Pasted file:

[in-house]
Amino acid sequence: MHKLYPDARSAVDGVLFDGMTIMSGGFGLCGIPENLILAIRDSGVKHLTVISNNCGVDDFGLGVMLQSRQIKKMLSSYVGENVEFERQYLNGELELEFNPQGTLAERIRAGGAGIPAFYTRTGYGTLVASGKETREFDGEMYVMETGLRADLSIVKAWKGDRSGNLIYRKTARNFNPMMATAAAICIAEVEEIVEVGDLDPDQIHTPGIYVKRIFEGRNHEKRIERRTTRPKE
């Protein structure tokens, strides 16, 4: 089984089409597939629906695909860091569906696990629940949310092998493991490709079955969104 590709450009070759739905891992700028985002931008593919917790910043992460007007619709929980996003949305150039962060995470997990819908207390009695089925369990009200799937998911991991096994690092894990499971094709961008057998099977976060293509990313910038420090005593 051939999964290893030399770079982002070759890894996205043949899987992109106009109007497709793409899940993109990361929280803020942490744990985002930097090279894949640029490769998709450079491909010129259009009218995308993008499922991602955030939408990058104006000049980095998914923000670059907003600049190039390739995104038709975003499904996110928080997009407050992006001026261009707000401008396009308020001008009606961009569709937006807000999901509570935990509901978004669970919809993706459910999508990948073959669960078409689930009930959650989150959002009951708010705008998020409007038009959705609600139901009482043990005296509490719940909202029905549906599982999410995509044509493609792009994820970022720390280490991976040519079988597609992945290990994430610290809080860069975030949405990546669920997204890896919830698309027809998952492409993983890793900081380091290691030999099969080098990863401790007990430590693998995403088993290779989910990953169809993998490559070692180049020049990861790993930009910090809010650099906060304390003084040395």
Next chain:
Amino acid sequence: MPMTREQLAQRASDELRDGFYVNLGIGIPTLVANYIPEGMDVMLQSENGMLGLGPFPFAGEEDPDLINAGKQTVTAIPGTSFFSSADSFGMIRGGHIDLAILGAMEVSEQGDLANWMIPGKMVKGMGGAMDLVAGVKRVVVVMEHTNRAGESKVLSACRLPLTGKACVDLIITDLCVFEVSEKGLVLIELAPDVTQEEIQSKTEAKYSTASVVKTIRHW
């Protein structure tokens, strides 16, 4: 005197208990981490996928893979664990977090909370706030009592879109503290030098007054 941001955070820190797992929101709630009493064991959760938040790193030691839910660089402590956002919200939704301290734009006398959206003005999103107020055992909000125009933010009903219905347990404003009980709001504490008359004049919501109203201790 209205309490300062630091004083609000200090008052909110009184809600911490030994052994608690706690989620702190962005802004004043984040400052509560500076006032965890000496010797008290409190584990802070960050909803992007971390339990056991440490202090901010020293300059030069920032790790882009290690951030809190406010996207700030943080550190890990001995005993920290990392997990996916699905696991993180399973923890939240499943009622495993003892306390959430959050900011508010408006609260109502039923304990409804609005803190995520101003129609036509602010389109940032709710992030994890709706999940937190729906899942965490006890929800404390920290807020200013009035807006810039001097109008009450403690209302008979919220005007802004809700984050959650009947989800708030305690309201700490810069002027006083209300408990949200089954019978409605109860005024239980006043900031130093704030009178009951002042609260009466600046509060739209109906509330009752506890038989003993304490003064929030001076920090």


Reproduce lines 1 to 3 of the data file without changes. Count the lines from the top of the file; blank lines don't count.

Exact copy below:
[in-house]
Amino acid sequence: MHKLYPDARSAVDGVLFDGMTIMSGGFGLCGIPENLILAIRDSGVKHLTVISNNCGVDDFGLGVMLQSRQIKKMLSSYVGENVEFERQYLNGELELEFNPQGTLAERIRAGGAGIPAFYTRTGYGTLVASGKETREFDGEMYVMETGLRADLSIVKAWKGDRSGNLIYRKTARNFNPMMATAAAICIAEVEEIVEVGDLDPDQIHTPGIYVKRIFEGRNHEKRIERRTTRPKE
């Protein structure tokens, strides 16, 4: 089984089409597939629906695909860091569906696990629940949310092998493991490709079955969104 590709450009070759739905891992700028985002931008593919917790910043992460007007619709929980996003949305150039962060995470997990819908207390009695089925369990009200799937998911991991096994690092894990499971094709961008057998099977976060293509990313910038420090005593 051939999964290893030399770079982002070759890894996205043949899987992109106009109007497709793409899940993109990361929280803020942490744990985002930097090279894949640029490769998709450079491909010129259009009218995308993008499922991602955030939408990058104006000049980095998914923000670059907003600049190039390739995104038709975003499904996110928080997009407050992006001026261009707000401008396009308020001008009606961009569709937006807000999901509570935990509901978004669970919809993706459910999508990948073959669960078409689930009930959650989150959002009951708010705008998020409007038009959705609600139901009482043990005296509490719940909202029905549906599982999410995509044509493609792009994820970022720390280490991976040519079988597609992945290990994430610290809080860069975030949405990546669920997204890896919830698309027809998952492409993983890793900081380091290691030999099969080098990863401790007990430590693998995403088993290779989910990953169809993998490559070692180049020049990861790993930009910090809010650099906060304390003084040395």